Killiehuntly Farmhouse, Scotland

A Scandi-Scot hideaway in the middle of a Billionaire’s rewilding project.

I wrote about Killiehuntly for Design Anthology magazine, and stayed on a press rate that, frankly, was the majority of my fee for the piece. Such are the finances of a freelance travel writer.

We were assured the property was dog-friendly and organised a Land Rover pick-up from Kingussie railway station. Our Edinburgh–Inverness train was two hours late. It was clearly inconvenient for one of the housekeepers to pick us up at this much later time, close to the end of dinner service. She eyed Ziggy – “you do know you can’t bring dogs inside the farmhouse”.

Several awkward conversations were had in the car and then in the entrance hall with the ‘house managers’, and it was agreed that Ziggy may enter but just not in the dining room. Fair enough and never mind, we’d missed most of dinner anyway. We were sequestered elsewhere to eat a quick meal before bed.

If I was a paying guest I’d have been slightly pissed off at this point. But I had a job to do for a design magazine, and this is a very fine design destination indeed.

Killiehuntly Farmhouse and its surrounding estate is owned by Denmark’s richest couple, Anders and Anne Holch Povlsen. With more than 200,000 acres of Scottish land in their care, the Povlsens are the largest individual private landholders in the UK. They founded Wildland in 2007 with a 200-year vision to protect and regenerate these estates through rewilding, seed planting and deer management (the latter being somewhat controversial in its intensity). Revenue from the Killiehuntly and Lundies guesthouses, and a number of self catering cottages sprinkled across the Wildland estates, is reinvested into the conservation effort.

A design destination with a purpose, then.

The next morning, it was sunny and rainy. The smell of coffee wafted up the stairs as we descended for breakfast, which is served in the lichen-grey kitchen. Most things presented at the table were Killiehuntly-made: bread, jam, fruit compote, eggs, granola. We were joined by a couple who also pick their hotels by their design credentials. Sometimes the experience falls short, but that hadn’t been the case during their stay here.

Everything did feel a bit friendlier this morning, and I soaked up every detail of the interiors. Anne Povlsen worked with friend and interior designer Ruth Kramer to combine Danish design with Scottish craftsmanship. The aesthetic is serene, unfussy and warm – and miles away from the tartan-swathed pine lodges we associate with traditional Scottish holidays. Hans Wegner chairs are strewn with Highland sheepskins, contemporary Danish artwork hangs above Orkney chairs and the grey-tinged colour palette could have been pulled straight from the Scottish skies. It’s a happy, idiosyncratic combination. There are piles of Arran jumpers in the hall and Danish waterproofs hang in the porch for guests to borrow.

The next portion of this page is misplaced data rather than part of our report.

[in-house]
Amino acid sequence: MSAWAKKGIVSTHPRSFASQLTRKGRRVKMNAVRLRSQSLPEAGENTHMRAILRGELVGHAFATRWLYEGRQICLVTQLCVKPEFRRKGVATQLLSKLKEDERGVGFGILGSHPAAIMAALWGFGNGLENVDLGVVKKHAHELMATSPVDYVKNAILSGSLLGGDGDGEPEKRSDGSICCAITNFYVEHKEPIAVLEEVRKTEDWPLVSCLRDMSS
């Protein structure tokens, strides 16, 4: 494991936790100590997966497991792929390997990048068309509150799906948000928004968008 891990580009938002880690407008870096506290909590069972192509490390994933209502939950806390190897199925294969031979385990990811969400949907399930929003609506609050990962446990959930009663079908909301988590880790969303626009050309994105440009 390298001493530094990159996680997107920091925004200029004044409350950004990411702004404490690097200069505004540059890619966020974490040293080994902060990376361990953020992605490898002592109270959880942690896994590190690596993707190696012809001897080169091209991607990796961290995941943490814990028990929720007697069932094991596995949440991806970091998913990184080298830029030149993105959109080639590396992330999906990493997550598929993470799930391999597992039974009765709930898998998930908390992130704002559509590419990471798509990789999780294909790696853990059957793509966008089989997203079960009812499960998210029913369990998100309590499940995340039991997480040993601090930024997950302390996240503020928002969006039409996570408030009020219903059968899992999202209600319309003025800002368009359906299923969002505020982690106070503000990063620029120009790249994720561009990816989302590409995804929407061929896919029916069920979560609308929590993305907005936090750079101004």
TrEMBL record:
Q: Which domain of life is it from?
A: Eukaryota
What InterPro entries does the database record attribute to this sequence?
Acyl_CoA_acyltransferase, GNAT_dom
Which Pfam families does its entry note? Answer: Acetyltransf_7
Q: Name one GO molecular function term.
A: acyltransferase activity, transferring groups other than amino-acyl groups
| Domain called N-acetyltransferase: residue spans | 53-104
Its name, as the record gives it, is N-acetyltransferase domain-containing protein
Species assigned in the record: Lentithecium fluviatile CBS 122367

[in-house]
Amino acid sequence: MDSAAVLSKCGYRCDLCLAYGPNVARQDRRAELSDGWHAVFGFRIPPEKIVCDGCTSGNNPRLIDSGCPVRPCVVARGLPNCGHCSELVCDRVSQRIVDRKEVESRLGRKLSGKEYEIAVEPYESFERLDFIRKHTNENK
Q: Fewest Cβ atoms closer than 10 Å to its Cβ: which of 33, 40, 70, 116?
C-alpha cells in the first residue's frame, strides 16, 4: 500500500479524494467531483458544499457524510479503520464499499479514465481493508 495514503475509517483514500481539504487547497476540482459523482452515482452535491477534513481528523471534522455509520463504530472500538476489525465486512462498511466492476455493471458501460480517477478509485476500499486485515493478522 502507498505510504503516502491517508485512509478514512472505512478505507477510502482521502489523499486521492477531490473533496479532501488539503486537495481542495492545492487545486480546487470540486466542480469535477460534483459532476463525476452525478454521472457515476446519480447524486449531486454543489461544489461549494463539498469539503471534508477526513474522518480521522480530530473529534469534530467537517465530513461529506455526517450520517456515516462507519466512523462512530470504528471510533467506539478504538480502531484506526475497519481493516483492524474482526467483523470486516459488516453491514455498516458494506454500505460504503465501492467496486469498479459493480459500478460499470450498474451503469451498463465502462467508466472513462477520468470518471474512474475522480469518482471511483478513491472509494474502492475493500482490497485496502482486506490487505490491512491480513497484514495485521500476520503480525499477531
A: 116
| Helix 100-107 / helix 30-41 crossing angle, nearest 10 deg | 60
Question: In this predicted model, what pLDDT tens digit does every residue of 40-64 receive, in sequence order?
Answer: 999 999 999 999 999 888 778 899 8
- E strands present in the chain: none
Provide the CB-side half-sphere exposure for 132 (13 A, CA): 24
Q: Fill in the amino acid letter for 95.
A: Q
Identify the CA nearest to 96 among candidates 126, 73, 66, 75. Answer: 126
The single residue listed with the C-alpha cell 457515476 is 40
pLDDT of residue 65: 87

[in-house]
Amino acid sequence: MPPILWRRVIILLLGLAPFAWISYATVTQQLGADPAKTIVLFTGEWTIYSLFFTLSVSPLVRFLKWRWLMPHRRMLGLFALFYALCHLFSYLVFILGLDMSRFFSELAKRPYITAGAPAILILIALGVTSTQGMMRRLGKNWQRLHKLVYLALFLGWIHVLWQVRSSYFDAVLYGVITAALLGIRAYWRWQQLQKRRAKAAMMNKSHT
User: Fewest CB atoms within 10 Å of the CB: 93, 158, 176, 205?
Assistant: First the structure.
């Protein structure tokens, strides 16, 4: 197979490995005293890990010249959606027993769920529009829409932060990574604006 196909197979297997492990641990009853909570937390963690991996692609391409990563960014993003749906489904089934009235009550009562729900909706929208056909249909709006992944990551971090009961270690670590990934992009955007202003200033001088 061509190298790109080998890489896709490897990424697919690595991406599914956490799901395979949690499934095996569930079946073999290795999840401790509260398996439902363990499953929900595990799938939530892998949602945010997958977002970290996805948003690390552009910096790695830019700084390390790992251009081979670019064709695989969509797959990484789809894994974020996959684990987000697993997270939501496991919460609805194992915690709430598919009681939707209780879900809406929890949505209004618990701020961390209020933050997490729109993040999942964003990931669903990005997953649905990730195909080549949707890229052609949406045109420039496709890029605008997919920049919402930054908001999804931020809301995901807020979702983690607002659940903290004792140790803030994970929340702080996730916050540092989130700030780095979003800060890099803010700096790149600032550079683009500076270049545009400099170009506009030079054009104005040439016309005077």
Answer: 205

The four bedrooms in the main house are named after trees on the estate: Alder, Birch, Elm and Oak. We stayed in Elm, which has muted blue walls, a bespoke bed made by local carpenters, shaker pegs, a writing desk and a pink Arne Jacobsen 7-series chair. The adjoining bathroom, whilst private to Elm, was not connected directly with the room, so I had to dash across the hall in a towel, bare feet on limed floorboards. It’s a lovely bathroom, though. Tung-and-groove clad with a roll top bath, separate shower and Danish Meraki toiletries. It’s worth noting that Birch and Oak share a bathroom.

Our bed was ridiculously comfortable. Mattresses are handmade in Sweden, and the bedsheets are made from thick Lithuanian linen. There’s no phone, TV nor minibar. Instead, guests are invited to help themselves from the honestly bar in the lounge downstairs and my Harris gin and artisan tonic in a beautiful reeded glass was better than any minibar miniature.

Sandwiches and flapjacks, wrapped in brown paper and string, are left in a basket in the porch for guests to pop in their hiking bag on the way out. We did just that, and walked past fields of Highland cows towards River Tromie for a flat, easy walk with our small, lazy dog. There was a full rainbow over our hooded heads. Perhaps the Povlsens were sitting at either end of it?

The walking is glorious but there’s plenty to do besides: 4×4 tours of the estate, pony picnics, fishing lessons, wild swimming. For those who are more indoorsy, there are books, board games and warm fires to pass the day gently. There’s a sauna yurt and cold plunge pool, and biscuits and tea are served in the kitchen during the afternoon.

A stay here is full-board at the weekend – but it’s worth researching your options for dinner if you stay during the week, especially if you’re travelling without a car. Dinner is served in the dining room at a communal table with other guests, family style. If you don’t like company when you travel then it won’t be for you.

The fixed menu is a farm-to-form style offer, with local meat and fish, and vegetables grown in the kitchen garden.

The garden is informal with native planting, and doubles up as a cutting garden for the whimsical flower arrangements inside. The 360-degree backdrop of Scotland’s Cairngorm mountains adds considerable drama to the outside spaces and seating areas. The nearby Bothy, hayloft and cottage have been converted into self-contained apartments, and I’d probably book one of those next time.

The bottom line

The service was mixed for us. I warmed to the friendly housekeepers, most. I’d return but would hesitate to pay full price. There’s a 3 night minimum stay at £400-500 per night on average.

Kingussie, Highland PH21 1NZ, Scotland